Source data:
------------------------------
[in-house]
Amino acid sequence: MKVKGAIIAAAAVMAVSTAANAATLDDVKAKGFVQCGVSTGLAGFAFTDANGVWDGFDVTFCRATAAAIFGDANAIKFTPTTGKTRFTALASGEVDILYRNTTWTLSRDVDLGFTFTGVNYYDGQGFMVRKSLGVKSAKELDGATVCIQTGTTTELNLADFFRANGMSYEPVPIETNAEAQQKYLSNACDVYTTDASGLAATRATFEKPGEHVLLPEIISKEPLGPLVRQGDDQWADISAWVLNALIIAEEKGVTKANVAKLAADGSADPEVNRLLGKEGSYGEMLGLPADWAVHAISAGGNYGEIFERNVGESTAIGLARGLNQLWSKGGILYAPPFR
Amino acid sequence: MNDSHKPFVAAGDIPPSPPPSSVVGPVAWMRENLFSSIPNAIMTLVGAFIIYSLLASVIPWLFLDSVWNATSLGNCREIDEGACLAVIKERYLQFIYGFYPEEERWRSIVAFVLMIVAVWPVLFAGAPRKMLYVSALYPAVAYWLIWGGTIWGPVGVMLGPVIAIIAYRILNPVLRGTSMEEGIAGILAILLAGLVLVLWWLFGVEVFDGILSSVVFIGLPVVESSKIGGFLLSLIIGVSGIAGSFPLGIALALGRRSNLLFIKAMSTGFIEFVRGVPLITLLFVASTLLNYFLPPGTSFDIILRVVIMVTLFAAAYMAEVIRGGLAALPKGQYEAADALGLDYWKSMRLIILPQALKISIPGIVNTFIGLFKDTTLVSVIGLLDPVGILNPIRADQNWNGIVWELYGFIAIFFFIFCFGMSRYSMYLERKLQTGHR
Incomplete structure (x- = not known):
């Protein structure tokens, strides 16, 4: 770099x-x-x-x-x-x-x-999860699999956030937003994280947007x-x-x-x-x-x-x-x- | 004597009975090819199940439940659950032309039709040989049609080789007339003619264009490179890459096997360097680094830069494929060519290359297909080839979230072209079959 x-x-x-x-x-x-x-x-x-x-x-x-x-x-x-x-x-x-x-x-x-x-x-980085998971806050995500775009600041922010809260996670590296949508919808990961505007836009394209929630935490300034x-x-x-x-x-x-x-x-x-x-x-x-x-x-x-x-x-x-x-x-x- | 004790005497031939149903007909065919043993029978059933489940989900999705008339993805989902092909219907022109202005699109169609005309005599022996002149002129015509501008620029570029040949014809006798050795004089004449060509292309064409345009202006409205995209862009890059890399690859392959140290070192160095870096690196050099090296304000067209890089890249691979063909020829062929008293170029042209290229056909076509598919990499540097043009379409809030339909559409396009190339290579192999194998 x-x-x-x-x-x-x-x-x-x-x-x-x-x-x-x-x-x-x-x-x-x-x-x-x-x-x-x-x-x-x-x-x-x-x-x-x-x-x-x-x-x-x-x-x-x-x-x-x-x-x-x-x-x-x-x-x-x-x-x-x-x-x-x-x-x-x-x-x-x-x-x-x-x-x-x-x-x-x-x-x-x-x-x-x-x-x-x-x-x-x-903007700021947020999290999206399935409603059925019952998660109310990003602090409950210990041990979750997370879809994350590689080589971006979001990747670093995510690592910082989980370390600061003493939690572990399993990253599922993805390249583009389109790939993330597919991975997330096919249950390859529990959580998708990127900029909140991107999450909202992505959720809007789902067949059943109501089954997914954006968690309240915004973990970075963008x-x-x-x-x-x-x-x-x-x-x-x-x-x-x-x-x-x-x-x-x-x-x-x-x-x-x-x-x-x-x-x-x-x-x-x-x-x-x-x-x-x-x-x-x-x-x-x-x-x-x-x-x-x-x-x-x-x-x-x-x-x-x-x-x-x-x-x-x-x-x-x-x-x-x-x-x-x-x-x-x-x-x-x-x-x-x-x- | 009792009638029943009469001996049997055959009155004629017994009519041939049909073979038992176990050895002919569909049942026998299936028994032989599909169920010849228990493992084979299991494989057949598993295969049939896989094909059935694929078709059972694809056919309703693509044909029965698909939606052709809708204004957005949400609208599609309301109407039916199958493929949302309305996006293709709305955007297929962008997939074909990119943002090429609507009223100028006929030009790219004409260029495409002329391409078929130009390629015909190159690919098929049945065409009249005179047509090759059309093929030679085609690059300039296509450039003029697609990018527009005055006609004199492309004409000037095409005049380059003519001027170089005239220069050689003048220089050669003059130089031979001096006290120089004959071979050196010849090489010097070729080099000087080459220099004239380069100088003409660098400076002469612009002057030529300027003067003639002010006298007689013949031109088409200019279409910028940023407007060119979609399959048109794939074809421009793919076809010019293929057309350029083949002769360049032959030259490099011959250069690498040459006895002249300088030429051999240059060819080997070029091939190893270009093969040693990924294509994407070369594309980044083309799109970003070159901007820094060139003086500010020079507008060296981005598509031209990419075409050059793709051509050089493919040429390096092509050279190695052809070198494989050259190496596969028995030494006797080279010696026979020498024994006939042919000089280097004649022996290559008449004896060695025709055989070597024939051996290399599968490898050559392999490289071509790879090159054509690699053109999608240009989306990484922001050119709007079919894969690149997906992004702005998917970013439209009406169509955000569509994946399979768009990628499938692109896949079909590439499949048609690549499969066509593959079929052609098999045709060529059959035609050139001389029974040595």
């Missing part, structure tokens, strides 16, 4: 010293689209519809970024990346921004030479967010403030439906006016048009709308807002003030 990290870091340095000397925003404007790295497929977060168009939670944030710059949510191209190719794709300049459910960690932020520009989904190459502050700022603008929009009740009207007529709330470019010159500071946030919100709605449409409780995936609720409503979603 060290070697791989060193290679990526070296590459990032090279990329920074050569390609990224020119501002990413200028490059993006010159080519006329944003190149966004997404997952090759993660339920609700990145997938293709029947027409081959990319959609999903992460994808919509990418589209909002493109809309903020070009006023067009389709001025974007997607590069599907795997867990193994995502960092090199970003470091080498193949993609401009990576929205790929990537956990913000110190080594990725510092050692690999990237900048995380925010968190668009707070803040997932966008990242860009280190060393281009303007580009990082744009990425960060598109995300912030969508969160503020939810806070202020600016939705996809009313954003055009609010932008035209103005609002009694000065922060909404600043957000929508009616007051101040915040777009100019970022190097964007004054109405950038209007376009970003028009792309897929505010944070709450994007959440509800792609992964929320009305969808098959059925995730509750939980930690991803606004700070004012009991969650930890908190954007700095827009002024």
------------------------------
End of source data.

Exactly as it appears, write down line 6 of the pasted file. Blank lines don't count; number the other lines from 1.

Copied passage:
């Missing part, structure tokens, strides 16, 4: 010293689209519809970024990346921004030479967010403030439906006016048009709308807002003030 990290870091340095000397925003404007790295497929977060168009939670944030710059949510191209190719794709300049459910960690932020520009989904190459502050700022603008929009009740009207007529709330470019010159500071946030919100709605449409409780995936609720409503979603 060290070697791989060193290679990526070296590459990032090279990329920074050569390609990224020119501002990413200028490059993006010159080519006329944003190149966004997404997952090759993660339920609700990145997938293709029947027409081959990319959609999903992460994808919509990418589209909002493109809309903020070009006023067009389709001025974007997607590069599907795997867990193994995502960092090199970003470091080498193949993609401009990576929205790929990537956990913000110190080594990725510092050692690999990237900048995380925010968190668009707070803040997932966008990242860009280190060393281009303007580009990082744009990425960060598109995300912030969508969160503020939810806070202020600016939705996809009313954003055009609010932008035209103005609002009694000065922060909404600043957000929508009616007051101040915040777009100019970022190097964007004054109405950038209007376009970003028009792309897929505010944070709450994007959440509800792609992964929320009305969808098959059925995730509750939980930690991803606004700070004012009991969650930890908190954007700095827009002024």